Mid-Atlantic Brewing News August/September 2014
Philly's Born Again Breweries
By Rich Wagner
It’s been rewarding to see so many old breweries throughout the country adapted to reuse: warehouse space, offices, condominiums, shopping malls, art galleries, restaurants and especially breweries. About ten years ago I was developing a program entitled “Brewery Preservation in North America” and created a list of known standing brewery buildings. It’s on my website and currently has over 600 entries, including foundations, walls, vaults and what could be called “diamonds in the rough.” And while many continue to be torn down, many communities have found it is more profitable to restore some of these hulking structures.
Throughout history New York, Pennsylvania and Wisconsin have led the nation in both the number of breweries as well as beer production, and both states have many surviving brewery structures, some of which have been adapted to reuse.
In Pennsylvania, parts of the Goenner brewery is an art gallery, and the Germania brewery is the Heritage Center, a museum dedicated to the history and culture of Johnstown and Cambria County. The Scheidt brewery complex in Norristown, PA, has been magnificently restored as the Stony Creek Office Center. But perhaps the finest example is the Stegmaier brewery in Wilkes-Barre, PA, which went from derelict to shining jewel as the Stegmaier Federal Building.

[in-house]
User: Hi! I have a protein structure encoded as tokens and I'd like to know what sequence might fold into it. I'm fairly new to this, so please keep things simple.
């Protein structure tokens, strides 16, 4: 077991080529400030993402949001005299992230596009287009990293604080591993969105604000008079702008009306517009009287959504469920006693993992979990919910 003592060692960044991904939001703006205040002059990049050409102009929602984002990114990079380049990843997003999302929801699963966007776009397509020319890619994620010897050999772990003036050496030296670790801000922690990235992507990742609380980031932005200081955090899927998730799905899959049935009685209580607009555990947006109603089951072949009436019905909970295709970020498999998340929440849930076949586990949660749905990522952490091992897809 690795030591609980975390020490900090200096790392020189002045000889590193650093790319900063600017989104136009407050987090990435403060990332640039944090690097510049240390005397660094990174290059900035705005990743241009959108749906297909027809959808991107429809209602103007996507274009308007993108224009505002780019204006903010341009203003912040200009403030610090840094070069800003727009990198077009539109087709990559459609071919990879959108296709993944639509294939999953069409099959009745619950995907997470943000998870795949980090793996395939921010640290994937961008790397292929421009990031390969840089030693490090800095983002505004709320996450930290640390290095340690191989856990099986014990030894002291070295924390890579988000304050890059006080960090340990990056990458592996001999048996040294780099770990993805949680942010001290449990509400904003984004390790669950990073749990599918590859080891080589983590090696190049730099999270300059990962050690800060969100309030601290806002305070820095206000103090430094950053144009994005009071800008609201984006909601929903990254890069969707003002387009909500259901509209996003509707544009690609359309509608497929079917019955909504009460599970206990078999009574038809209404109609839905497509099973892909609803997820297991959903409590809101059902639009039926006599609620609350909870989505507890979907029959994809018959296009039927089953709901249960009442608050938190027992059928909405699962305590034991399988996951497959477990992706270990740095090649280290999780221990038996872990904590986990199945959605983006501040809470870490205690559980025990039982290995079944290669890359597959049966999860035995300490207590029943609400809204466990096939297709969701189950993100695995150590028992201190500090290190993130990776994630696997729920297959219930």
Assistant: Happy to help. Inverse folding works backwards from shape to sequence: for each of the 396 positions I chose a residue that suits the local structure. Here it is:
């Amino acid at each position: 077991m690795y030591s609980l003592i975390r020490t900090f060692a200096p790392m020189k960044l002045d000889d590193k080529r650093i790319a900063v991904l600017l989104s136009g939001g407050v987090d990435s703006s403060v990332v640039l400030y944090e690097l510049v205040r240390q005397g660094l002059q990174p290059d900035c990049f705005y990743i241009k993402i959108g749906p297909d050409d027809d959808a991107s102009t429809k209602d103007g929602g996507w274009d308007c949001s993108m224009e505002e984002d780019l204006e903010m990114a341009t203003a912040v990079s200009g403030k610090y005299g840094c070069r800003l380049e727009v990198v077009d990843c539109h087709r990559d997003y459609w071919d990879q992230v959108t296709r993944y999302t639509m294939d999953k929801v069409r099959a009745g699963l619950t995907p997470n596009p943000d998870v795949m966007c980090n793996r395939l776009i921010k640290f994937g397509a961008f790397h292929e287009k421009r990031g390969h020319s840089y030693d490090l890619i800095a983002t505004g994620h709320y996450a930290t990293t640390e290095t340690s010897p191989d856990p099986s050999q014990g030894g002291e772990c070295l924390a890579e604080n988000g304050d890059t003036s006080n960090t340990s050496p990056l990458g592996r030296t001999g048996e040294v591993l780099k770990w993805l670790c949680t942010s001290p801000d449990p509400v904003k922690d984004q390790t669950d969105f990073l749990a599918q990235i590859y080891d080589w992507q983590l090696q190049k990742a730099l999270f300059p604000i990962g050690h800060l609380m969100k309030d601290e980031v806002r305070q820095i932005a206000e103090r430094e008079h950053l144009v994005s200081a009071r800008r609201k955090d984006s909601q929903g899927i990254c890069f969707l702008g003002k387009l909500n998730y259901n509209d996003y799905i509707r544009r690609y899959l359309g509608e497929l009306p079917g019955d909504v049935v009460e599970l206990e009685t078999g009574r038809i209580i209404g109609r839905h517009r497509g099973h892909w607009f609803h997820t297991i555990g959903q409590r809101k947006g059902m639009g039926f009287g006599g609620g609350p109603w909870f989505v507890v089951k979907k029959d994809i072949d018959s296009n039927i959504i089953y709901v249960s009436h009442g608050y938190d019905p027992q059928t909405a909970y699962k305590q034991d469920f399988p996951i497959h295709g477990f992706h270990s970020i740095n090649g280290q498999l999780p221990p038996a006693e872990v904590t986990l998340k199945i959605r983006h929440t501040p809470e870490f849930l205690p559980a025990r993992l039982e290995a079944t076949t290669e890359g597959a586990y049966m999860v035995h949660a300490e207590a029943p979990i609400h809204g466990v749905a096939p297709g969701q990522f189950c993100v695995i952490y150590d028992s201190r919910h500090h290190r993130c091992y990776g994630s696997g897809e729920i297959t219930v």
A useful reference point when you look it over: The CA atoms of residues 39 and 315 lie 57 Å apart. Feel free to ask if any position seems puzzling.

Philadelphia has a number of breweries beautifully preserved. The Bergdoll brewery complex was developed as condominiums back in the 1980s and is probably the premier example of brewery preservation in the nation. The Class and Nachod brewery complex was adapted as offices and student housing for Temple University and is one of the most beautiful examples of adaptive reuse I have ever seen.
But for me, a brewery reborn as a brewery, with the aroma of malty steam pouring out of the stack, is the best case scenario. And seeing the abandoned Eberhardt & Ober brewery on Pittsburgh’s northside turned into a business incubator, brewery and restaurant in 1989 was beyond my wildest dreams. It was one of Pennsylvania’s first craft breweries situated in a nineteenth century brewery complex -- what could be better than that?